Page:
The Rebellions of 1837–1838 (French: Les rébellions de 1837) were two armed uprisings that took place in Lower and Upper Canada in 1837 and 1838. Both rebellions were motivated by frustrations with political reform. A key shared goal was responsible government, which was eventually achieved in the incidents' aftermath. The rebellions led directly to Lord Durham's Report on the Affairs of British North America and to The British North America Act, 1840 which partially reformed the British provinces into a unitary system and eventually led to the British North America Act, 1867 which created Canada and its government.

Slavery in Canada

Slavery in Canada includes both that practised by First Nations from earliest times and that under European colonization. While England did not ban slavery in present-day Canada until 1833, the practice of slavery was ended through case law; and it died out in the early 19th century through judicial actions litigated on behalf of slaves seeking manumission. A significant migration of blacks (free and slaves) into Canada from the United States happened after the American Revolution and again after the War of 1812. Forms of slavery, such as human trafficking, still occur in Canada.Some slaves were of African descent, but many were Aboriginal (typically called panis, from the French term for Pawnee). Slavery within what is now Canada was practised by Aboriginal groups and European settlers. While there was Canadian trade in African slaves, native nations also enslaved their rivals, but most were purchased by colonial administrators and sold to native nations until 1833, when the British Parliament abolished slavery across the British Empire. (There is often confusion over the date at which this occurred; Britain had abolished the slave trade in 1807, but did not abolish slavery itself until 1833, in an act of Parliament that came into effect on 1 August 1834.) Prior to this, however, courts had, to varying degrees, rendered slavery unenforceable in both Lower Canada and Nova Scotia. In Lower Canada, for example, after court decisions in the late 1790s, the "slave could not be compelled to serve longer than he would, and ... might leave his master at will."People of African descent were forcibly brought as chattel slaves to New France, Acadia and the later British North America during the 17th century. Those in Canada typically came from the American colonies, as no shiploads of human chattel went to Canada directly from Africa. The number of slaves in New France is believed to have been in the hundreds. They were house servants and farm workers. There were no large plantations in Canada, and therefore no large slave work forces of the sort that existed in most European colonies in the southerly Americas, from Virginia to the West Indies to Brazil.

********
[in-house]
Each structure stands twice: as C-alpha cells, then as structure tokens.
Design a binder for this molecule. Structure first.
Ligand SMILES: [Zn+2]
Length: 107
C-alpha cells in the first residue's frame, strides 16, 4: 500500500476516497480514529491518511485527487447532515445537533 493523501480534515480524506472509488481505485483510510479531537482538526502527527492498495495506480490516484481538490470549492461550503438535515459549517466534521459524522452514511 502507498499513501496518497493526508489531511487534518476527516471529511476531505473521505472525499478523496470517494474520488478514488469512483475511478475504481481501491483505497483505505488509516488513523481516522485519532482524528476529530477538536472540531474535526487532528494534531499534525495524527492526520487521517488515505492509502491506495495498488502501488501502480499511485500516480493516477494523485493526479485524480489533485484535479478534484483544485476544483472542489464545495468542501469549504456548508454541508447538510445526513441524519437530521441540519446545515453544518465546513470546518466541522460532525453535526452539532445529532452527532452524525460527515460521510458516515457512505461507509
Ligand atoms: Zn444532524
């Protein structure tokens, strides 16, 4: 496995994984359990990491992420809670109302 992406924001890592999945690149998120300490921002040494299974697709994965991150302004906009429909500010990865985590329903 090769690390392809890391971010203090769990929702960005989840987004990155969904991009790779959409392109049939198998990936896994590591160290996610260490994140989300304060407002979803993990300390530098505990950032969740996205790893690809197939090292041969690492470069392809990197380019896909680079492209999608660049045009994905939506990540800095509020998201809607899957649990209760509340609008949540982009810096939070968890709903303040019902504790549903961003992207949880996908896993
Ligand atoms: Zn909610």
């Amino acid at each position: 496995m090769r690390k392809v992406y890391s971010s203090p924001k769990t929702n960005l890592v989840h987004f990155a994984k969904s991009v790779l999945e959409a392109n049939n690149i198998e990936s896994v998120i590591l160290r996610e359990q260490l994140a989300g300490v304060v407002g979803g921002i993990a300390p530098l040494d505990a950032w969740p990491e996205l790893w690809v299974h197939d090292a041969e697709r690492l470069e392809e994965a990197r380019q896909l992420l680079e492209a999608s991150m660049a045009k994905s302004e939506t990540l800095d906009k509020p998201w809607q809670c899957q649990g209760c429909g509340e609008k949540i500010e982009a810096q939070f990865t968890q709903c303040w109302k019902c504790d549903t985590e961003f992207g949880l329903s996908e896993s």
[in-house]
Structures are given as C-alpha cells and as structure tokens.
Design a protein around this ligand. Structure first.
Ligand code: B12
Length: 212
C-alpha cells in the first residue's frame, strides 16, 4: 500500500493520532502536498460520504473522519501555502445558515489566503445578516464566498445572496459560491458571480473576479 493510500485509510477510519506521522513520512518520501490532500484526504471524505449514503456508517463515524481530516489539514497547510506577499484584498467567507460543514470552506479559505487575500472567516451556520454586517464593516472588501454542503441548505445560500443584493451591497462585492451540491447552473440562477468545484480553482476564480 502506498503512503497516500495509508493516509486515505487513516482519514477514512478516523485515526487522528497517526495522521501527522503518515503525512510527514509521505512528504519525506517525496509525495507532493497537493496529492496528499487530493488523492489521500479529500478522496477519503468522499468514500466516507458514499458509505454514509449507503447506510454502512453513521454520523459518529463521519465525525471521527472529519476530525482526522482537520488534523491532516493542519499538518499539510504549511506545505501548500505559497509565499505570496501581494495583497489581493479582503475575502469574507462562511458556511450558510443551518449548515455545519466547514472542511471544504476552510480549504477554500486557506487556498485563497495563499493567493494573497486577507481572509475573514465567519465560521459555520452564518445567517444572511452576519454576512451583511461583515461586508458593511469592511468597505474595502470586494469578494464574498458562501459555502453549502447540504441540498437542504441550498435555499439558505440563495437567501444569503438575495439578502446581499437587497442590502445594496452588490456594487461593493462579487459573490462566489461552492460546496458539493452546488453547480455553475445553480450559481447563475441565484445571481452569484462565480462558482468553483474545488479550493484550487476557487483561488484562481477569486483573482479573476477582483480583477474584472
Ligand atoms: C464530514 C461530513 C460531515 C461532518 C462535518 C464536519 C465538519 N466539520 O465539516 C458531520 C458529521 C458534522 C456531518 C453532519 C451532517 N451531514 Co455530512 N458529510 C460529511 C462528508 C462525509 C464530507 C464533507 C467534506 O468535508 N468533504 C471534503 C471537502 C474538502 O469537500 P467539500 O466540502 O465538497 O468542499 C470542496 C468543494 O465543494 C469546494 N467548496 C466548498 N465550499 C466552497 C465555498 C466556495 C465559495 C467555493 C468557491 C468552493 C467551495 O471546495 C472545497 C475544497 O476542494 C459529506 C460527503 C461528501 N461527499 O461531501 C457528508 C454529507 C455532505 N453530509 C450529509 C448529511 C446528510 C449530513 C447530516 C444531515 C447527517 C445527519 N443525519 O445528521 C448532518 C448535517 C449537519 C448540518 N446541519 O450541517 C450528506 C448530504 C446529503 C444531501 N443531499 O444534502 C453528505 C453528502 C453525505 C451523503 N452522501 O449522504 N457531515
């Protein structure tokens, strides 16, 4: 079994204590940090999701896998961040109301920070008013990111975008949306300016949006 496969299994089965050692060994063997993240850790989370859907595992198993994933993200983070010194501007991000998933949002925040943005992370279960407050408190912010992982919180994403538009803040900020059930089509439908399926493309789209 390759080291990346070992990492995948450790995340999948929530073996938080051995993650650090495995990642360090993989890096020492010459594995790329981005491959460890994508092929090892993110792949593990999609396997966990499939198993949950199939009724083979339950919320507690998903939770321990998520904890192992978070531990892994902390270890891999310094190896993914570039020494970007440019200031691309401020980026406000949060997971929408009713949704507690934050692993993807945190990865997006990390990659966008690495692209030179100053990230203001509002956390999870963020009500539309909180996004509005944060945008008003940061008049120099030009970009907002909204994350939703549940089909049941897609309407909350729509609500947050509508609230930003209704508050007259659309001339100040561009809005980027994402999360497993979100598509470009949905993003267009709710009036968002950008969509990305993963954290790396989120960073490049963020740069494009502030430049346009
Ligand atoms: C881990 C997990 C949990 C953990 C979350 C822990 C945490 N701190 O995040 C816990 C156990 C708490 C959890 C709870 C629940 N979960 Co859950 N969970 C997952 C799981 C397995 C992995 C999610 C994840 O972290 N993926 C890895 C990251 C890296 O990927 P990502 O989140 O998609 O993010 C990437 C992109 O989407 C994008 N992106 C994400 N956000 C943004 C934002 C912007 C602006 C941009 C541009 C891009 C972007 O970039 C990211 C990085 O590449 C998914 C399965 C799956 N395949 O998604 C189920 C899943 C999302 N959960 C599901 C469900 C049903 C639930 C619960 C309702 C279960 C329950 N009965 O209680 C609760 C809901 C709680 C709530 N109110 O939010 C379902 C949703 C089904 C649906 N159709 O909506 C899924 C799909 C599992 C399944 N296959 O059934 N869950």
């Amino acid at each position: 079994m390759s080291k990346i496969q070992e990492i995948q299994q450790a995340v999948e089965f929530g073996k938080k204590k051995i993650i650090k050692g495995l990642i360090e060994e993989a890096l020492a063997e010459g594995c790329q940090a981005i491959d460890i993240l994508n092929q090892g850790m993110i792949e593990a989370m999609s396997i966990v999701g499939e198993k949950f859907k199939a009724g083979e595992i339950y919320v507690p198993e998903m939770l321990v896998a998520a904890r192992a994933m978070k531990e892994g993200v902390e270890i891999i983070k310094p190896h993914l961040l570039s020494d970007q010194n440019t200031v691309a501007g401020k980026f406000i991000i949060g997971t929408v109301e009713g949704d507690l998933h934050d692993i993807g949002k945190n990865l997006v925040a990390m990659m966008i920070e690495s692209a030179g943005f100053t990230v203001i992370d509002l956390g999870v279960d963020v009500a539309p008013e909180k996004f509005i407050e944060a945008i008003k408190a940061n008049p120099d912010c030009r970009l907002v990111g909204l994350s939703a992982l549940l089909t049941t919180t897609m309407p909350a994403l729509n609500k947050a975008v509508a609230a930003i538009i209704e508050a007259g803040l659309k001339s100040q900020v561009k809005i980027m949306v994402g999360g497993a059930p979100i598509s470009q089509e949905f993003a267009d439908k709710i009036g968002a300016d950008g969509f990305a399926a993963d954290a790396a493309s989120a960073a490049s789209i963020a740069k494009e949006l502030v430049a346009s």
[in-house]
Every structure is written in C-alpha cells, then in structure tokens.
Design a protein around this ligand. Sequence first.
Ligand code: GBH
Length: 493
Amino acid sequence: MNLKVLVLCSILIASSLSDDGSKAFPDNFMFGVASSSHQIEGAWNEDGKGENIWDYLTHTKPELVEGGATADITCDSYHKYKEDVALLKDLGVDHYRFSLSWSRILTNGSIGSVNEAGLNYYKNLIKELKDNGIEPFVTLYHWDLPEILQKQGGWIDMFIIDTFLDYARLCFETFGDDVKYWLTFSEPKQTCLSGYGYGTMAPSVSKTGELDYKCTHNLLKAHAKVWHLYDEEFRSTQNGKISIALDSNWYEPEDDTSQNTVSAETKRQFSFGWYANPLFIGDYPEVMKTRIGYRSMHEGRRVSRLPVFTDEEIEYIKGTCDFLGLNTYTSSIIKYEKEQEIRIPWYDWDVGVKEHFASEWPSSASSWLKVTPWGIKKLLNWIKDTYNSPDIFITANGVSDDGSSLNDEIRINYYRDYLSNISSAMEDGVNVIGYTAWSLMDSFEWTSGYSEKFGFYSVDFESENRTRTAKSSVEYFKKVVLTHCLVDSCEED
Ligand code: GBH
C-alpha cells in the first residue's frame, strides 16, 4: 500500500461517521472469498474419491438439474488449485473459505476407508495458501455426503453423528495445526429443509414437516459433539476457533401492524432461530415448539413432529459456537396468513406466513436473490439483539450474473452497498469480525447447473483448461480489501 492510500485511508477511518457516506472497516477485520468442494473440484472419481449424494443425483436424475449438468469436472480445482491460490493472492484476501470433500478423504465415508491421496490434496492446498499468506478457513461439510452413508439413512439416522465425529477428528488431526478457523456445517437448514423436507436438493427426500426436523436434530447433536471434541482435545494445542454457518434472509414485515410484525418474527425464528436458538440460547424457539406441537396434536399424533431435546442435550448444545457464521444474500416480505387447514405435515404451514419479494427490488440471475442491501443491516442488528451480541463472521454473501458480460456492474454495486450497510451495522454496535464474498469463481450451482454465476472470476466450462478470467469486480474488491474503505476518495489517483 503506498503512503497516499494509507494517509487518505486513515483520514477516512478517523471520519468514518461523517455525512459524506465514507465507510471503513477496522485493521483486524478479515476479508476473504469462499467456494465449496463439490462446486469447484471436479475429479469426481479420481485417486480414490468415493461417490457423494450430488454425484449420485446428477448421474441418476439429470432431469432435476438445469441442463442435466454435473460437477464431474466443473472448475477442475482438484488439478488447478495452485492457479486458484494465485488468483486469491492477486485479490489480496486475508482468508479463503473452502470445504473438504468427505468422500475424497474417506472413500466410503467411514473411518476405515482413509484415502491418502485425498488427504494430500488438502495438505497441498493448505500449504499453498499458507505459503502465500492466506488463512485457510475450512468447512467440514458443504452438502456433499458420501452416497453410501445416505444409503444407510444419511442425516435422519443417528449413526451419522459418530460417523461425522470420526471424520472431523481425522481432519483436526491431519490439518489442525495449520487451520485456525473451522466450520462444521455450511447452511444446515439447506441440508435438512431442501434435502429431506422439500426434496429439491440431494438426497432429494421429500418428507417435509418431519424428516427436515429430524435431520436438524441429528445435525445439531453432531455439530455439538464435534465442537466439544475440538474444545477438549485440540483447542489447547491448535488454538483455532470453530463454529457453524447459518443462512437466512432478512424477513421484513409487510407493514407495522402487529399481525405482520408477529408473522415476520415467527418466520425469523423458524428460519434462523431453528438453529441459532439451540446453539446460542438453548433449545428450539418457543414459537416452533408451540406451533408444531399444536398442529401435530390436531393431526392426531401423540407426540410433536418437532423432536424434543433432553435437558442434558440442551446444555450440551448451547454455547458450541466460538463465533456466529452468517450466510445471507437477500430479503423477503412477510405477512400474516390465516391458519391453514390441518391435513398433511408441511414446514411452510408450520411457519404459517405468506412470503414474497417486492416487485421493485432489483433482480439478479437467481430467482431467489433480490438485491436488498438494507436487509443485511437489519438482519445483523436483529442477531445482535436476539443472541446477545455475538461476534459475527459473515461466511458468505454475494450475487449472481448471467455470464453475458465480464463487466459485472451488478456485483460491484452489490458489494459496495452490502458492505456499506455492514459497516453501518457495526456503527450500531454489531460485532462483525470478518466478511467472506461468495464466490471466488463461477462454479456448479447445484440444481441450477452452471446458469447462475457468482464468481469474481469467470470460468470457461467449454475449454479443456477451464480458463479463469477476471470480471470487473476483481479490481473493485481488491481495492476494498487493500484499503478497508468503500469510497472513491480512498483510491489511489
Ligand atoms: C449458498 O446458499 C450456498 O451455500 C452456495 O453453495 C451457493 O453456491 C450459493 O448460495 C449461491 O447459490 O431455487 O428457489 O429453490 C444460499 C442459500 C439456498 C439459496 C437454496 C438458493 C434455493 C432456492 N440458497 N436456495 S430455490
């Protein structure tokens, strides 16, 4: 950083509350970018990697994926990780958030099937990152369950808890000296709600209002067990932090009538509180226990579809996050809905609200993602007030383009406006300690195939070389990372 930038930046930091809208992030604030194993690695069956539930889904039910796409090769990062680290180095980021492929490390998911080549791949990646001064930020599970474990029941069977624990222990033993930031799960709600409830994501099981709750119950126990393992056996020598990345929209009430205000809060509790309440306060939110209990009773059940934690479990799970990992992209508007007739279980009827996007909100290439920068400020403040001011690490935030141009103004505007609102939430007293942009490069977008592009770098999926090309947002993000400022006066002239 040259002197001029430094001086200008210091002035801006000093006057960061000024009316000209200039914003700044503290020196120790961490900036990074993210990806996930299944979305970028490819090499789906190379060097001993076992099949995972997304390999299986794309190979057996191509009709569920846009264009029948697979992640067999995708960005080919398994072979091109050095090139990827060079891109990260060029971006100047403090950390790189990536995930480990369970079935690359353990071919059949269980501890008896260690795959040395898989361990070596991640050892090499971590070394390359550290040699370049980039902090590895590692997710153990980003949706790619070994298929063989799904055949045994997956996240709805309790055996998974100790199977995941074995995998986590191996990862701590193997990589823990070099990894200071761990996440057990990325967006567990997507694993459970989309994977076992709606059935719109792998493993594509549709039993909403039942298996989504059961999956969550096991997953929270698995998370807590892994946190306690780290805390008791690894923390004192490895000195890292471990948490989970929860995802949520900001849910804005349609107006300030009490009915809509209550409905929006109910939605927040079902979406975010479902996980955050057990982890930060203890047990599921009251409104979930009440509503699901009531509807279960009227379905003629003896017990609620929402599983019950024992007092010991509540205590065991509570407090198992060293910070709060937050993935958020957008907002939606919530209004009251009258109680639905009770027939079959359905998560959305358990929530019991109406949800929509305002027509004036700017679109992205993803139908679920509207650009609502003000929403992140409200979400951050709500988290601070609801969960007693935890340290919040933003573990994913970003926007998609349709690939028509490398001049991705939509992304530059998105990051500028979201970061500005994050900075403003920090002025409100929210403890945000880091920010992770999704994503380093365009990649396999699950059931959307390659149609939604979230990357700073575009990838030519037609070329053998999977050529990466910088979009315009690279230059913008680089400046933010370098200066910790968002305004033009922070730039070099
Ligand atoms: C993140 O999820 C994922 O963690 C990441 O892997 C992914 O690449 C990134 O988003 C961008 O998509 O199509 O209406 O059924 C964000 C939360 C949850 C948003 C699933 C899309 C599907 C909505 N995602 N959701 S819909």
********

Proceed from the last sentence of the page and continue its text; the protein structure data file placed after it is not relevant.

Because early Canada's role in the trans-Atlantic slave trade was minor, the history of slavery in Canada is often overshadowed by the more tumultuous slavery practised elsewhere in the Americas, particularly in the southern United States and colonial Caribbean. Some Black Canadians today are descended from these slaves.

The Canadas

The Canadas is the collective name for the provinces of Lower Canada and Upper Canada, two historical British colonies in present-day Canada. The two colonies were formed in 1791, when the British Parliament passed the Constitutional Act, splitting the colonial Province of Quebec into two separate colonies. The Ottawa River formed the border between Lower and Upper Canada.

The Canadas were merged into a single entity in 1841, shortly after Lord Durham's published his Report on the Affairs of British North America. His report held several recommendations, most notably union of the Canadas. Acting on his recommendation, the British Parliament passed the Act of Union 1840. The Act went into effect in 1841, uniting the Canadas into Province of Canada.

The terms "Lower" and "Upper" refer to the colony's position relative to the headwaters of the St. Lawrence River.

Lower Canada covered the south-eastern portion of the present-day province of Quebec, Canada, and (until 1809) the Labrador region of Newfoundland and Labrador.

Upper Canada covered what is now the southern portion of the province of Ontario, and the lands bordering Georgian Bay and Lake Superior.